Referring now to FIG. 7, there is illustrated an arrangemeht which in large part is identical to the arrangements of FIGS. 3 and 6., Thus, there is provided a rate generator 200,-one output 201 of which provides the horizontal sweep on the oscilliscope 202. The rate generator 200 also controls the sweep oscillator 202 in the manner described above by the rate generator output 205. The output 206 of the sweep oscillator is fed into the device under test 207 producing a response 208 which is detected by the R-F detector 210 and the envelope fed into the adder 211. The marker is, of course, provided by the components indicated generally at 212. The marker plus the response of the device under test are added in the adder 211 to provide a signal which is coupled to the vertical input 215 for display on the oscilloscope 202.

A sample of the sweep oscillator output is fed into the frequency multiplier 216 at 217. Assuming for purposes of illustration that the input to the frequency multiplier varies from 90 to 91 megacycles, the output of the frequency multiplier will be a uniformly varying frequency with outside limit frequencies of 900 and 910 me. The CW oscillator 220 is coupled at 221, 222 and 223 to the mixers 225, 226 and 227. In the presently specific embodiment the output frequency of the CW oscillator 220 is 810 megacycles. The difference frequency output 224 of the mixer 225 will be from 90 to 100 me. and is fed into the frequency multiplier 227 so as to produce an output at 230 varying between 900 and 1,000 mc. The mixer 226 effects a heterodyning action between its two inputs 222 and-230 to produce a difference frequency output 231 varying between 90 and 190 mc. The difference frequency output 231 is multiplied in frequency by the frequency multiplier 232 to produce an output 235 varying between 900 and 1,900 megacycles. The mixer 227 receives as inputs the signals 235 and 223 which are beat together to produce a difference frequency output 236 varying between 90 and 1,090 me.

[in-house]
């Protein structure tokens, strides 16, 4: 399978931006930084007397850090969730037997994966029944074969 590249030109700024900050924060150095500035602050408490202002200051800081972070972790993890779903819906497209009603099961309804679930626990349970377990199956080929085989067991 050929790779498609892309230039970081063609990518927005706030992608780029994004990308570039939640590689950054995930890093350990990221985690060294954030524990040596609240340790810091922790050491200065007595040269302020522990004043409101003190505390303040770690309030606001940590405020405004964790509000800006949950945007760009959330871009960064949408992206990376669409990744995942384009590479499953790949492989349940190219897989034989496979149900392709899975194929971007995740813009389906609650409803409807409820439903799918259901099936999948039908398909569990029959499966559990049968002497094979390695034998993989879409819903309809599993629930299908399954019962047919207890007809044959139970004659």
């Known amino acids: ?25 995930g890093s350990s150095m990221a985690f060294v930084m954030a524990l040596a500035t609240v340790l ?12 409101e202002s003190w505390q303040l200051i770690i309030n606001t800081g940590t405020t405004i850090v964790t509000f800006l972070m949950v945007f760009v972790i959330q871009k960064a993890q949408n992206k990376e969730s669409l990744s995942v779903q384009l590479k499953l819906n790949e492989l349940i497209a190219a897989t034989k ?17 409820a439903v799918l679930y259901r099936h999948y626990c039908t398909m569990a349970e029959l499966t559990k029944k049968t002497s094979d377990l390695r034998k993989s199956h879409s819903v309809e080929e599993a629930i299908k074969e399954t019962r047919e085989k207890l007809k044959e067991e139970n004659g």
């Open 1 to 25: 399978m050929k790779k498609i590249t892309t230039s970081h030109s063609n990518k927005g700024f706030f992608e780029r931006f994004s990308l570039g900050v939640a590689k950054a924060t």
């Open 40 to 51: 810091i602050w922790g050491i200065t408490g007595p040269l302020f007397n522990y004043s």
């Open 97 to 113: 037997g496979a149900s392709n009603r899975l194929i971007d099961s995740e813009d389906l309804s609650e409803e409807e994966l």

The present apparatus further includes a CW oscillator 240 which is capable of producing a constant frequency output variable between 90 and 1,090 mc. The output 241 of the CW oscillator 240 is heterodyned in the mixer 242 against the signal 236 to produce an output 245 which is properly shaped and sized by the low pass filter and marker amplifier 246 to produce a marker output 247. It can be appreciated that the problem presented in the embodiment of FIG. 6 is solved by the embodiment of FIG. 7 because the use of the mixers 225, 226 and 227 keeps the swept frequencies relatively low. The disadvantages of the arrangement of FIG. 7, however, are the difficulties of building a CW oscillator 240 which can cover such a wide frequency range. A further disadvantage is the problem of calibrating the CW oscillator so that its dial properly indicates the frequency (of the response from the device under test) at which the marker is being produced. (It may be desired, for example, to use only one stage 216 and 225 of multiplication and mixing, or two such stages 216, 225, 227, 226, in which case the calibration of the oscillator 240 will be in error.)

6 These disadvantages are obviated by the embodiment of FIG. 8.

Referring now to FIG. 8, there is illustrated a marker system which is identical in many respects to the above described marker systems of the FIGS. 3, 6 and 7. The rate generator 300, sweep oscillator 301, R-F detector 302, adder 303 and oscilloscope 305 operate identically to the above described operation. Assuming for the pur= poses of description that the sweep oscillator has an output varying between and 100 mc., a sample 310 of this output is fed into the mixer 311. A marker oscillator 312 capable of producing a constant frequency which is variable between and 110 me. is coupled to the mixer 311 for heterodyning of the signal 310. It will be noted that the marker oscillator may be calibrated from zero to 20 me. said calibration indicating the various frequency positions or locations across the scope in a horizontal direction. For example, in the present embodiment the left side ofthe scope display represents 80 mc. Since the marker oscillator is calibrated from zero to 20 mc., a zero setting of the marker oscillator would represent a marker at 80 mc., while a 10 setting on the marker oscillator would represent a marker at 90 mc., etc.

Assuming for the purposes of description that the output 315 of the marker oscillator is mc., a band pass filter 316 receives the output 317 of the mixer. The band pass filter in the present specific embodiment is capable of passing a 1 me. band width at 10 mc. Thus, the output 320 of the band pass filter appears as shown in the curve 321 in FIG. 9. In other words, the difference frequency output of the mixer 311 is varying from zero to 20 me. However, the band pass filter 316 is passing only the 10 mc. frequencies with a 1 mc. band width so that the output signal of the band pass filter would appear as shown in 321.